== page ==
At the Dia Beacon Benefit

The mood at the Dia Beacon benefit on Sunday should have been dreary. In the basement of the old factory

Atmosphere. (Courtesy Billy Farrell)
Atmosphere. (Courtesy Billy Farrell)

The mood at the Dia Beacon benefit on Sunday should have been dreary. In the basement of the old factory in Beacon, a man and a woman read years past and future into an empty, columned parking lot, a piece by On Kawara that, coupled with the nature of Sundays, threatened to lend to the proceedings a literal undercurrent of ennui. Plus it was raining.

Instead the collectors, artists and dealers who mingled on the first floor seemed content, their spirits lifted by the bloody marys at the door and, undoubtedly, the architecture of Robert Irwin, who was honored at the lunchtime gala.

“If I had a dollar,” Dia Director Philippe Vergne said in his welcome address, “for every time someone told me, ‘God, the light is beautiful, God, the space is so fluid, God, there’s a certain je ne sais quoi about Dia Beacon that makes the experience so clearly in the service of the art…’” Here he trailed off. The point was, he said, most people seem to attribute Beacon’s success to a lack of human intervention, “and they’re wrong.” Such was the soft touch of Mr. Irwin, who declined to comment except to say that he actually hadn’t been back since he built the thing.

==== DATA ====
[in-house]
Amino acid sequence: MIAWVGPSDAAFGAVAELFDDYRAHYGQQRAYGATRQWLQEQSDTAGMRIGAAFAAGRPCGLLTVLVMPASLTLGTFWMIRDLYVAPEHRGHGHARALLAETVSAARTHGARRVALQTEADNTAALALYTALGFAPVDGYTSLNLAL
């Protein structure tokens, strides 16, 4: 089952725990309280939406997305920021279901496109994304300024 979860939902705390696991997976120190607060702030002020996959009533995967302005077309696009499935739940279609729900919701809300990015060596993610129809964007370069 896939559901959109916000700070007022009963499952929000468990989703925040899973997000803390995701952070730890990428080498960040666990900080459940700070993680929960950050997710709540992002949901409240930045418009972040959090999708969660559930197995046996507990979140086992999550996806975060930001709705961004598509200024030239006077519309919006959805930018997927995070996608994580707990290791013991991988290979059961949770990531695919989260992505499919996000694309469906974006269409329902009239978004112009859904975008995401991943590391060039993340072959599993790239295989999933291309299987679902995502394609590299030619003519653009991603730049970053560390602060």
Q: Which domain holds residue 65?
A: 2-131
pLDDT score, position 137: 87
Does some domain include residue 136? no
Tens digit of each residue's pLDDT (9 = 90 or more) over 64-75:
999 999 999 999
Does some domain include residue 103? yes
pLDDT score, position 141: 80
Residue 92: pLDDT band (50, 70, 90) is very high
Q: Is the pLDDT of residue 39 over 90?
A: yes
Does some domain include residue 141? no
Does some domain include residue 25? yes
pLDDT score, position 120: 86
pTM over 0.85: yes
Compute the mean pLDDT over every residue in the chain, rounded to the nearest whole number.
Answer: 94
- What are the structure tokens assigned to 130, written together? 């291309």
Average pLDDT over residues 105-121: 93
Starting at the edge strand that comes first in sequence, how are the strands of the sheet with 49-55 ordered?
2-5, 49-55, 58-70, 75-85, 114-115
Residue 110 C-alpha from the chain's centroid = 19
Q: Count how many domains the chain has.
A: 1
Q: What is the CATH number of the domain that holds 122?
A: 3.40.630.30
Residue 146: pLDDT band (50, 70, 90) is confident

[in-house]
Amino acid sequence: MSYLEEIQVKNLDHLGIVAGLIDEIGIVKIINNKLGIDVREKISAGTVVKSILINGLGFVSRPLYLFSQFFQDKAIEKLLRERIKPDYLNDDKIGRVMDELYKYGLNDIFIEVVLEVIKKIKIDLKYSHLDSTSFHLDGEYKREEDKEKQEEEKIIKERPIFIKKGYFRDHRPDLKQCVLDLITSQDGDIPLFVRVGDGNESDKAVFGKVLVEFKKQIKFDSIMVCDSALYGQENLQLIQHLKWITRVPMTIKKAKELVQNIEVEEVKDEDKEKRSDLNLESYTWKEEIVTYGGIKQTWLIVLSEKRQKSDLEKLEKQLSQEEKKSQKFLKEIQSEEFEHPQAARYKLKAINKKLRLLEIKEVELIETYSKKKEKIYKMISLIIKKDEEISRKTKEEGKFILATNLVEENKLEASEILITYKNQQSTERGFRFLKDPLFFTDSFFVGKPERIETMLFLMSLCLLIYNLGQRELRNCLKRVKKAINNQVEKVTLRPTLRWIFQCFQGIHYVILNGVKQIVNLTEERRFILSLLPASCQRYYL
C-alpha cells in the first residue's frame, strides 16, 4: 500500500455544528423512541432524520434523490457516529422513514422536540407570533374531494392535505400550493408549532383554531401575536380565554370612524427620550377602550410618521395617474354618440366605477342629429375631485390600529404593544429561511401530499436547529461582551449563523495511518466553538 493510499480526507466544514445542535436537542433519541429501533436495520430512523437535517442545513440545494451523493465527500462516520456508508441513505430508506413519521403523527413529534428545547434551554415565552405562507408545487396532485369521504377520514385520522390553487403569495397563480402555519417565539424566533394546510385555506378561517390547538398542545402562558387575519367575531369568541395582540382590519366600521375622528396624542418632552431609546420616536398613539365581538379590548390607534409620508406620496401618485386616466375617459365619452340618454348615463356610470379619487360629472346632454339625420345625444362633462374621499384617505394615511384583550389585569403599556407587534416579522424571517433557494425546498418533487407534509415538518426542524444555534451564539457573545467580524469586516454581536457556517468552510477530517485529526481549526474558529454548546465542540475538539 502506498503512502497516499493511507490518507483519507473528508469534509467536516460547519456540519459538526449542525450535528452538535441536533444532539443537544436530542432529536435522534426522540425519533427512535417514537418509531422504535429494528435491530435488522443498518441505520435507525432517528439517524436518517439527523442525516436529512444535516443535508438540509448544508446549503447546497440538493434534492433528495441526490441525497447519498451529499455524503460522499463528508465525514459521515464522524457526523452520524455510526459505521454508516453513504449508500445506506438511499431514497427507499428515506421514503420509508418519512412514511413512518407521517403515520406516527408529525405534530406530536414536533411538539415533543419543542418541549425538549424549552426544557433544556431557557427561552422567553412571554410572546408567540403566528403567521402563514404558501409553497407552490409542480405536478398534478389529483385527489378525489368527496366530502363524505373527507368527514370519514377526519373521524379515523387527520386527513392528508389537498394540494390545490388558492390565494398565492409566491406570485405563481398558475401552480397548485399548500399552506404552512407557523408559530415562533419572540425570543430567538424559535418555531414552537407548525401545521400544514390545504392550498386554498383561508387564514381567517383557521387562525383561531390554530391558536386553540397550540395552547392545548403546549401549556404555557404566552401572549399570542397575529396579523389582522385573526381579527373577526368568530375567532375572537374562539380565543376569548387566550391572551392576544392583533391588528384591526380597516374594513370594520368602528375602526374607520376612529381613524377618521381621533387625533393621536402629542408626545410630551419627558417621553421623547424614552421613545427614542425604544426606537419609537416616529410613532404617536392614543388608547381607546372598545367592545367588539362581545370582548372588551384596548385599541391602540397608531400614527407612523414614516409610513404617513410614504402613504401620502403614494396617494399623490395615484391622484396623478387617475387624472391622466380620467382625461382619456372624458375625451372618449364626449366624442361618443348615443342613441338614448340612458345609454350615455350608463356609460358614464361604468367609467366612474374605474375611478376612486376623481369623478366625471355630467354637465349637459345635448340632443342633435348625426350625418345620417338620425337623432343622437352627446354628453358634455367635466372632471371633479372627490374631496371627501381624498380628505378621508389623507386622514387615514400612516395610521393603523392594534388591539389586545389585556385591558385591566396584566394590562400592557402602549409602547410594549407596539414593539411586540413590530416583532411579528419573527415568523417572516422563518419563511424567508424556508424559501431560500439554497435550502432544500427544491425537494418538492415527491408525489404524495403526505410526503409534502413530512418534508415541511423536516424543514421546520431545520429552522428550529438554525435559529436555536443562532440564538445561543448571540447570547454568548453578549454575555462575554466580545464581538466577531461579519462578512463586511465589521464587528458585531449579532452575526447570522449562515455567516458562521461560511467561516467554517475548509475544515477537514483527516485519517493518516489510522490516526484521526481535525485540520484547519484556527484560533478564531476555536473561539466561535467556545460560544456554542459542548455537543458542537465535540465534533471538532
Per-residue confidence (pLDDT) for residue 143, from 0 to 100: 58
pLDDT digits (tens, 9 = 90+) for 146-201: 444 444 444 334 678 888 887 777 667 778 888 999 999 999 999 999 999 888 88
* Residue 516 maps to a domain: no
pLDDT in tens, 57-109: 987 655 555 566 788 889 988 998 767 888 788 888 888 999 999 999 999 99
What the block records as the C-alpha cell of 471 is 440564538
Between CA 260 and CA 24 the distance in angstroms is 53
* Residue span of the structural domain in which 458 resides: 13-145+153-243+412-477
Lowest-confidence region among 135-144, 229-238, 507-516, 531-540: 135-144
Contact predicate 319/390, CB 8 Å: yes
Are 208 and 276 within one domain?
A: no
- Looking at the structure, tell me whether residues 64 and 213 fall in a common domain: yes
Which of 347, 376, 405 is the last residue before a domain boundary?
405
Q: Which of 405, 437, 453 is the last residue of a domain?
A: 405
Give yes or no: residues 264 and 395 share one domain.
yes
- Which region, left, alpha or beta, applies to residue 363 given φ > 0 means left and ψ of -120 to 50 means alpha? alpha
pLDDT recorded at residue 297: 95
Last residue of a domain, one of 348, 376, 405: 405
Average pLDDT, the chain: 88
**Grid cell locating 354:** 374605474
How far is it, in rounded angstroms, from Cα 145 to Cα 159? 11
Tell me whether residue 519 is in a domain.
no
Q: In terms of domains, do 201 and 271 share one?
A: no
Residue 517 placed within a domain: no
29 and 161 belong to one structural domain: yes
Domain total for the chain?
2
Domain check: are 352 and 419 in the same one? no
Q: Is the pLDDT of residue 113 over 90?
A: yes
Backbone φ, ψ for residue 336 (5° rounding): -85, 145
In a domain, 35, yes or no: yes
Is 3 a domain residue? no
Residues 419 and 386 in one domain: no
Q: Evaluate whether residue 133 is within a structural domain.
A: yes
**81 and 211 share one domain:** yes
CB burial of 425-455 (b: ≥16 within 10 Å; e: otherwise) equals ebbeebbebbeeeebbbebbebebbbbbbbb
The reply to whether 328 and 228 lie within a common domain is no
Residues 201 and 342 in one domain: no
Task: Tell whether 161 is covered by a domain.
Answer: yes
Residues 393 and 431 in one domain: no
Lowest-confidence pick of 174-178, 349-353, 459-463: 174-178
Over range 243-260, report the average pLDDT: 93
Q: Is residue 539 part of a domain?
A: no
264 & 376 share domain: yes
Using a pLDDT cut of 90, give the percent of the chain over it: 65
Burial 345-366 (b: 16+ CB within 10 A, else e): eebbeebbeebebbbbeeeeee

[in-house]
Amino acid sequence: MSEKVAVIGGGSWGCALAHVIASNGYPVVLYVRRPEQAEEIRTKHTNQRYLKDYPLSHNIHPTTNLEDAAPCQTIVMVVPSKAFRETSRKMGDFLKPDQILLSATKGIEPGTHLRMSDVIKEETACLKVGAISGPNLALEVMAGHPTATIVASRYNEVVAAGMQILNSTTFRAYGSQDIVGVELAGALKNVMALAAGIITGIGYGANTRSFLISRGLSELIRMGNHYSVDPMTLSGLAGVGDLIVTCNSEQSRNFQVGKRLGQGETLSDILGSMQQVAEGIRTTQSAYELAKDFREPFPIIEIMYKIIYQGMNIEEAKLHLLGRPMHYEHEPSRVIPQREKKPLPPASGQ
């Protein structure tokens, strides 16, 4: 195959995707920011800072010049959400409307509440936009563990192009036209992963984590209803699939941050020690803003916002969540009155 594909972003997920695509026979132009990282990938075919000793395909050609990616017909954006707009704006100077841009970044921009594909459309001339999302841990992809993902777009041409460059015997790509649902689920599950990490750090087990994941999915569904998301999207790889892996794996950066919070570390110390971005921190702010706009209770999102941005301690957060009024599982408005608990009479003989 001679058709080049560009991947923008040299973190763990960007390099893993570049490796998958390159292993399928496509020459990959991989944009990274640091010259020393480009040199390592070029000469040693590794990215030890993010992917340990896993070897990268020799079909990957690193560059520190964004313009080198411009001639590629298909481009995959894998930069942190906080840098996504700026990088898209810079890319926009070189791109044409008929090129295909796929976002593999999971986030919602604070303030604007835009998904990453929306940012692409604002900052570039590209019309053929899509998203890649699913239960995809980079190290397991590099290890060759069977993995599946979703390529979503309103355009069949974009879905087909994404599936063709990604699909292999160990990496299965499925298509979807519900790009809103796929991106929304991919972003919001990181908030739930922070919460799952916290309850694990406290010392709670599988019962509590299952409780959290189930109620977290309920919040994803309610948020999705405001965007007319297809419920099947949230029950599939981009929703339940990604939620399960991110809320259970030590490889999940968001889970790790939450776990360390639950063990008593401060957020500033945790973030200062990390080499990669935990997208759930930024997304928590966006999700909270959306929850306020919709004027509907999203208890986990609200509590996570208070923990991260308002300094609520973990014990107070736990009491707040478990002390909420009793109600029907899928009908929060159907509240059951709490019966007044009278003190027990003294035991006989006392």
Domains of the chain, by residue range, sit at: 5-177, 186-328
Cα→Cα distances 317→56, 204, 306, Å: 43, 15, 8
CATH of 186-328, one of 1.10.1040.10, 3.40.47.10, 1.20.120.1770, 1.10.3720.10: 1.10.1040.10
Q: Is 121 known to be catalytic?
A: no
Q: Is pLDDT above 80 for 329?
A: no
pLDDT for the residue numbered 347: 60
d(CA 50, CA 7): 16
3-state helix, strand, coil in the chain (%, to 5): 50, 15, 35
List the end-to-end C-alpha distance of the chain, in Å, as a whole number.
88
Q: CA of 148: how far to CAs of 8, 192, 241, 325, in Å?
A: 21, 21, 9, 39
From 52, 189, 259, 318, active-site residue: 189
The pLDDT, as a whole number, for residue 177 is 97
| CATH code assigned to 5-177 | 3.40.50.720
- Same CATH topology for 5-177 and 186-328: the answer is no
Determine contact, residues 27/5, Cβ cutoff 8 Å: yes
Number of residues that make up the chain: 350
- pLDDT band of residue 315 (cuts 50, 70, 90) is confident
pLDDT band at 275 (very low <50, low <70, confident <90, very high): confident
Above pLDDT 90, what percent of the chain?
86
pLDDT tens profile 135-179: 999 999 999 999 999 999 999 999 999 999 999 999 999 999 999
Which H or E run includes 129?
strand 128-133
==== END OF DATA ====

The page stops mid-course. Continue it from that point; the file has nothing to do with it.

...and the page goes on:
“Yeah, so, he has a really big penis,” said Timothy Greenfield-Sanders, finishing a story as I approached (“We’re talking about Philippe,” he joked, after I said I was a reporter). Everything really does look better at Dia, lighting-wise, the photographer said, except perhaps the Warhols that surrounded us at that moment. “And I love Warhol more than my mother.”

“If we’re talking about light, the Agnes Martins do so well here,” said his daughter Isca, also an artist. “Because the light changes the painting.” Mr. Greenfield-Sanders agreed, and he’d seen the works currently on display in something like ideal circumstances.

“These paintings I’ve seen at her house,” he said. “In a barn, she had a barn—they look better here—but it had kind of a skylight. She gave me a Valium. We each took a Valium and sat there looking at her paintings, and then we had lunch.”

“Does a minimal painter only take minimal drugs?” asked Isca’s husband, Sebastian Blanck.

“Right,” Mr. Greenfield-Sanders said. “It was a blue one, I think that’s only five milligrams.”

Mr. Vergne had also talked up another Dia project during his introduction: Thomas Hirschhorn’s monument to Antonio Gramsci, which opens at the Forest Houses projects in the Bronx this summer. Mr. Hirschhorn, Mr. Vergne said in his address, had taken a break from hauling “thousands and thousands” of wooden pallets to the Bronx to spend the day in Beacon.

“Philippe,” Gavin Brown said as the reception wound down, greeting the director with a complicated handshake that required some snapping and instruction on his part. “I’m never going to the South Bronx.”

“Oh, you live in Harlem anyway,” Mr. Vergne said. “So shut up.”

You guys Yankees fans?

“Is that basketball?” said the Brit.

“No, iz ice hockay,” said Mr. Vergne, heavily frogging his accent. “You know, I was a figure skater when I was a kid.” He turned to Mr. Brown. “I know you might not be surprised.”

“Next year I want you to make your remarks on a cordless mike,” Mr. Brown said, “Skating around the room.”

Then everyone scooted to a well-lit room around the corner to eat lunch amid the John Chamberlains. Valium was not on the menu. —Dan Duray At the Dia Beacon Benefit